The project Mixed Unions in Canada has culminated out of research in my area of specialization: contemporary notions of mixed race and media representations of ethnicity. Sociologist Ali Rattansi states, “Hyphenated identities are here to stay. And nowhere does this seem more true than in North America.”

These mixed identities come with there own pride and problematics. Based on scholarly literature on mixed race I developed a literature review on the subject. Read the academia’s take on the subject here.

While interviewing the 32 couples,  selection criteria for my sample was not restricted to whites marrying non-whites but all ethnicities that formed unions outside of their racial groups. I was particularly interested in mixed union off springs in relationships with partners completely outside their racial groups.

For example: Fatima Ahmed one of the interview subjects is a mixed race child from Indonesian-filipino-Japanese father and Iranian-Pakistani mother. Now she is married to Jerry Chan, a Vancouver born Shanghainese.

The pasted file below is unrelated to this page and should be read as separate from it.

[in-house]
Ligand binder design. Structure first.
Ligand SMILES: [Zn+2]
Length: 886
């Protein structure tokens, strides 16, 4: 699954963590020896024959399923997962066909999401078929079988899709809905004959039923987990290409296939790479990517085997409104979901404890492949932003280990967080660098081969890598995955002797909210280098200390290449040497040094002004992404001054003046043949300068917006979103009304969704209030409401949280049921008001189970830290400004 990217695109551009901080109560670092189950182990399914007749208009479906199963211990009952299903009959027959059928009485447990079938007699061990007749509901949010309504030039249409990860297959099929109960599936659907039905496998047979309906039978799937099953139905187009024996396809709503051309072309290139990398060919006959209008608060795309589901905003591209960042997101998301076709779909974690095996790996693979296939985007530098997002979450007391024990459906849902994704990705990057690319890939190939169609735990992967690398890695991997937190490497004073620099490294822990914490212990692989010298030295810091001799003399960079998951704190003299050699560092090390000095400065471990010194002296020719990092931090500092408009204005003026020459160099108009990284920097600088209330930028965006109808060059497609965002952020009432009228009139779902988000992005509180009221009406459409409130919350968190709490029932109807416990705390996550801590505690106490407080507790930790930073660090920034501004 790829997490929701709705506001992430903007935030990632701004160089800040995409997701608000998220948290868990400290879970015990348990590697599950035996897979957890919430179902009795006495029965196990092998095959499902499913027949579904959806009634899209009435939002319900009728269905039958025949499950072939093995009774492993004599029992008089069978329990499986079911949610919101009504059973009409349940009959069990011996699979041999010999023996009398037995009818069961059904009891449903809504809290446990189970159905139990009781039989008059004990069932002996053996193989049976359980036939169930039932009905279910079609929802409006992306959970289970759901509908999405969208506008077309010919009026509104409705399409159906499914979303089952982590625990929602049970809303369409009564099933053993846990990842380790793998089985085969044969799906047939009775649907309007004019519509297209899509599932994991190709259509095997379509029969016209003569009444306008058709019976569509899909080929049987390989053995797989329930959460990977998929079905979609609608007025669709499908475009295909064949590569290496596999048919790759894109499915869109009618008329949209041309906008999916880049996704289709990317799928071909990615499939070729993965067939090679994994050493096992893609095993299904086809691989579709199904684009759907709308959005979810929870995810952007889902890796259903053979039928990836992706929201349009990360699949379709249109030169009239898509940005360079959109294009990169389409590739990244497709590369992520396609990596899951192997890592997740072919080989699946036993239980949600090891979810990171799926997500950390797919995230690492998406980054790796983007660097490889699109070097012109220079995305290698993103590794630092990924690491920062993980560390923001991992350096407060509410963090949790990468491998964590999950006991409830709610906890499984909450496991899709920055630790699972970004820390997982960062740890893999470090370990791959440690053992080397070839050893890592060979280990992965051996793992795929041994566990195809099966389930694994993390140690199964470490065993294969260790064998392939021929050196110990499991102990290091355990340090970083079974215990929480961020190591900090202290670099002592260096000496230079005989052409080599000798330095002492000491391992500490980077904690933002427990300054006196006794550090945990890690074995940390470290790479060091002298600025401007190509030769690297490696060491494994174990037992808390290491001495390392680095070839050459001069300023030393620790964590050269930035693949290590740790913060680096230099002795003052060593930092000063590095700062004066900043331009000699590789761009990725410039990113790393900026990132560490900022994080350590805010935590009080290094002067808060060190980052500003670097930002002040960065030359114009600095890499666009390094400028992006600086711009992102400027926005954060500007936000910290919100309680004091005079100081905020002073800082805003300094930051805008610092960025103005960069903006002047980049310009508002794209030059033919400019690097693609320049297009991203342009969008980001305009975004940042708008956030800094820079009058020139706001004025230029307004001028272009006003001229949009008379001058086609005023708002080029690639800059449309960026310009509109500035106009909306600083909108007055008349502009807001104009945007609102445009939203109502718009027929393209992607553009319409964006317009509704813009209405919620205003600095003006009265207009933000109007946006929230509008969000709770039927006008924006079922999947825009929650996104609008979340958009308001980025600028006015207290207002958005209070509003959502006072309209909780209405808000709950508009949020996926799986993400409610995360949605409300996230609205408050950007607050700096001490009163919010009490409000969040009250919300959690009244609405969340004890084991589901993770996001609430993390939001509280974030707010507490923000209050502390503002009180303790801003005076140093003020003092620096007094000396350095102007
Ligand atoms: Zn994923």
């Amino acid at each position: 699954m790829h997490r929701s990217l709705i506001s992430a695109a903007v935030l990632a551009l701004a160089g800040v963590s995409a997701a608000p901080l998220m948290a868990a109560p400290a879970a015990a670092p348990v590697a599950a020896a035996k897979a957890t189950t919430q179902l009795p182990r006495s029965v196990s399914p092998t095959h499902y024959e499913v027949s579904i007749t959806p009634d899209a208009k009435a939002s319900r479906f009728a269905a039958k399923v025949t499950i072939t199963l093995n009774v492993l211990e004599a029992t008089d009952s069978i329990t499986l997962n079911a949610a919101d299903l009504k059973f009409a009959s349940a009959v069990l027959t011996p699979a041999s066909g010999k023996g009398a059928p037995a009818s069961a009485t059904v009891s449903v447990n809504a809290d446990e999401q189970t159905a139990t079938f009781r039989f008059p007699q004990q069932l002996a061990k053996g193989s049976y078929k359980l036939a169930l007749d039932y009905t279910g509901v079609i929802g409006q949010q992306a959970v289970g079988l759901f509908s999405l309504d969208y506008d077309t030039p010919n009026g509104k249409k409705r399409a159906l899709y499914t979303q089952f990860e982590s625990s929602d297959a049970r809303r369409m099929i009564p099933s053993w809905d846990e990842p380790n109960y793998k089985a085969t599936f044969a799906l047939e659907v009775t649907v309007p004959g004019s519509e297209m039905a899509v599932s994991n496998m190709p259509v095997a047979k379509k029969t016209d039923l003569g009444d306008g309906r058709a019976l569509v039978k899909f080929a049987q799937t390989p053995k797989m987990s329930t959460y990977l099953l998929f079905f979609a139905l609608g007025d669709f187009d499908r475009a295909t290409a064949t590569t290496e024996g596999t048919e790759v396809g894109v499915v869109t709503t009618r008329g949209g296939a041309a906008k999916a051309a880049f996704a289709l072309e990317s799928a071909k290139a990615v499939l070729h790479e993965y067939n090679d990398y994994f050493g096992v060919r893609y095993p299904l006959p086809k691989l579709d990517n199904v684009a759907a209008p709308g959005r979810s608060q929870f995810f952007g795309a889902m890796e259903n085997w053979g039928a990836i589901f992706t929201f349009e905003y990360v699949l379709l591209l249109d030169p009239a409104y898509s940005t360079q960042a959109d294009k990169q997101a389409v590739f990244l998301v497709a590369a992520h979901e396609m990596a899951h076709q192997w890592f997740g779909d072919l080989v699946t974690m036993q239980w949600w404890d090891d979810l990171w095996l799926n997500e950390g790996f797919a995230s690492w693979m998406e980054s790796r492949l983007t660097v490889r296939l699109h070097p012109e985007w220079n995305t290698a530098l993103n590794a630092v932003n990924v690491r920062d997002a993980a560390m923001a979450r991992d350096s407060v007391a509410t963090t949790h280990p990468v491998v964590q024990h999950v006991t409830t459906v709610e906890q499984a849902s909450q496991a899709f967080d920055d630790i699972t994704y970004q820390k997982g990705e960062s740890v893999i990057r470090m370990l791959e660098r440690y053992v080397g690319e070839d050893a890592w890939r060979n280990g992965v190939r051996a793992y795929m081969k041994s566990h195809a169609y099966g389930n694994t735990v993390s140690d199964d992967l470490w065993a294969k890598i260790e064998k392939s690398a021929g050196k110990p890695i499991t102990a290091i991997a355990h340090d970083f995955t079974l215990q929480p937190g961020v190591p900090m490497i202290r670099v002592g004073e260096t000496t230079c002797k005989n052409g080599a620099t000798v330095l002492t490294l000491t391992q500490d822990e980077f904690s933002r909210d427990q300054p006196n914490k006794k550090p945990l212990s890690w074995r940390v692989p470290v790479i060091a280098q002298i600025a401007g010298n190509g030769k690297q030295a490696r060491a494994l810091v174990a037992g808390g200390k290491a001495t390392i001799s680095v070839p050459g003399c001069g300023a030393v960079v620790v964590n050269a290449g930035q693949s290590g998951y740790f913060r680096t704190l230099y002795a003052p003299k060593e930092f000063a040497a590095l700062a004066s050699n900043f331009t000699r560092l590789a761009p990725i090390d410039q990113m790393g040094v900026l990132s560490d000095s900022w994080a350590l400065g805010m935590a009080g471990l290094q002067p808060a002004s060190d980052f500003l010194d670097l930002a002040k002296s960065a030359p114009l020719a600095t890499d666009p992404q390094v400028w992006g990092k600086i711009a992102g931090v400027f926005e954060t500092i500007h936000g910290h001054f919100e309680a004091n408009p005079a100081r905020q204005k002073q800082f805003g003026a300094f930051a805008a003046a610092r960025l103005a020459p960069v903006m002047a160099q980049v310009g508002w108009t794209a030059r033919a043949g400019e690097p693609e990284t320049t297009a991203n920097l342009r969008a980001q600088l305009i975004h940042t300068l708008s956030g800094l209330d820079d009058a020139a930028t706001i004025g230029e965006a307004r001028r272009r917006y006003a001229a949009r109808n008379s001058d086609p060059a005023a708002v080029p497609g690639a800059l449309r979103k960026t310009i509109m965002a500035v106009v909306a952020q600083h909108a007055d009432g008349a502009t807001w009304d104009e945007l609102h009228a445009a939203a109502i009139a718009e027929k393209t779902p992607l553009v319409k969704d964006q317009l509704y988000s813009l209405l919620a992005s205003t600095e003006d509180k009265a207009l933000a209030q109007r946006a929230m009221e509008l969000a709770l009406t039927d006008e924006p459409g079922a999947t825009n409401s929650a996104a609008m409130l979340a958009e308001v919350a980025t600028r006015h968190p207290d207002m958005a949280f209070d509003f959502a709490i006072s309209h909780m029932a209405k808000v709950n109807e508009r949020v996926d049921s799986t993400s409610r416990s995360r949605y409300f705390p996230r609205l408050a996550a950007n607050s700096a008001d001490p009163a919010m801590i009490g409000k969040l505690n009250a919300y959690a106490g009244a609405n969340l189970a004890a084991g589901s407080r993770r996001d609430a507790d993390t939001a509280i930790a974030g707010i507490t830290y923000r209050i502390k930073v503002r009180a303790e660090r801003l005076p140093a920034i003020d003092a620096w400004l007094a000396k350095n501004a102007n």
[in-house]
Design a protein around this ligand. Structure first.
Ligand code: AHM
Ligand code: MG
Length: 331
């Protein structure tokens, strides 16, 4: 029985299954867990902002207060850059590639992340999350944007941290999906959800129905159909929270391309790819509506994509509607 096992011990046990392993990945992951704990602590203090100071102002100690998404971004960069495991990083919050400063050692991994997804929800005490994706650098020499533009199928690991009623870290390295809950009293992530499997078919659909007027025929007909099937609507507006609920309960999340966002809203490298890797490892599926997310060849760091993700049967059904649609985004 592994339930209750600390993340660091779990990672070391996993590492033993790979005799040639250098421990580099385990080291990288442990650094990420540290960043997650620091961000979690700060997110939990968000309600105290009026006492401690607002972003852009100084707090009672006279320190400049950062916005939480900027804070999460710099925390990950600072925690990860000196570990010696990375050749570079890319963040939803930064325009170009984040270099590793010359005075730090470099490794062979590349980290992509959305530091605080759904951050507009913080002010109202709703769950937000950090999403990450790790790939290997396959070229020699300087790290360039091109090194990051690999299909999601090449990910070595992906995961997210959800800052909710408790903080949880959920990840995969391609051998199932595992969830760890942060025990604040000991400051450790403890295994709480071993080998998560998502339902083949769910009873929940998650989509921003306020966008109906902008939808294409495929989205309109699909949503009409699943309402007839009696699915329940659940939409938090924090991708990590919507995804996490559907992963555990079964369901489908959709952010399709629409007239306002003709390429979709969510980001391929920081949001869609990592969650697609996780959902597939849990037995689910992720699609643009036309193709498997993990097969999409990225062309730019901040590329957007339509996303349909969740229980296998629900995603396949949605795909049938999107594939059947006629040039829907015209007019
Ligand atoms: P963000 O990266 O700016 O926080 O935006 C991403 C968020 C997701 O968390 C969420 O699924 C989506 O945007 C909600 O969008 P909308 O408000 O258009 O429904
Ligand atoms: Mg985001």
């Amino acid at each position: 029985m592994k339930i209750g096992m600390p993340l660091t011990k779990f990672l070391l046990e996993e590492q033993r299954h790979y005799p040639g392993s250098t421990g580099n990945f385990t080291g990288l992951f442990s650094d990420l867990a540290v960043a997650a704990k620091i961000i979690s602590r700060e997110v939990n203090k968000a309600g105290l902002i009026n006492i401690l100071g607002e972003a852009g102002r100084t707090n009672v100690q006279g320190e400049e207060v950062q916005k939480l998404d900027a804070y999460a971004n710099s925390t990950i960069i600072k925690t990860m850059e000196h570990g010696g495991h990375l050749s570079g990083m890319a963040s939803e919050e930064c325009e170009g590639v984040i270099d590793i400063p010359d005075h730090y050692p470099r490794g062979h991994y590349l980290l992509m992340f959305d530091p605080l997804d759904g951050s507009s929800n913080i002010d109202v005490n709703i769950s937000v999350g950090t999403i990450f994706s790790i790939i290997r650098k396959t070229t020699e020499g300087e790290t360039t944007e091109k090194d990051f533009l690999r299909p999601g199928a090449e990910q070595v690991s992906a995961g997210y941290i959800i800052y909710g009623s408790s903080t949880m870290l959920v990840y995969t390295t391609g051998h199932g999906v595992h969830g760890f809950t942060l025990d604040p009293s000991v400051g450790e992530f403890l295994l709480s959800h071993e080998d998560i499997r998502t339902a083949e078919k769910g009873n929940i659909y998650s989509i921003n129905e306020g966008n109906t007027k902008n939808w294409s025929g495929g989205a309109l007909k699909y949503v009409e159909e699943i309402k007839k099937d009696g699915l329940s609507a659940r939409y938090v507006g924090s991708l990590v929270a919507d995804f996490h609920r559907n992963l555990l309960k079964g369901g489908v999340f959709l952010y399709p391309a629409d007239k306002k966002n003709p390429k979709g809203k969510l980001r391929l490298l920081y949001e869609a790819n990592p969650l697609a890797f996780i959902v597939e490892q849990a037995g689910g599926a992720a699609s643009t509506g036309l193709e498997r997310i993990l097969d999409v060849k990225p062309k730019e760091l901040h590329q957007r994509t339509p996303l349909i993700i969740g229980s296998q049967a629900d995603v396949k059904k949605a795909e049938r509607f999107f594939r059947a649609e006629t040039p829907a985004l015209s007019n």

The data I collected from these couples was intriguing. When I tried to allocate quantitative values to my search results I was unable to do so. The analysis was qualitative in nature and my supervisor Mary Lynn Young advised that I use it in a text piece for my journalism focus. These results are presented in condensed form on the website.

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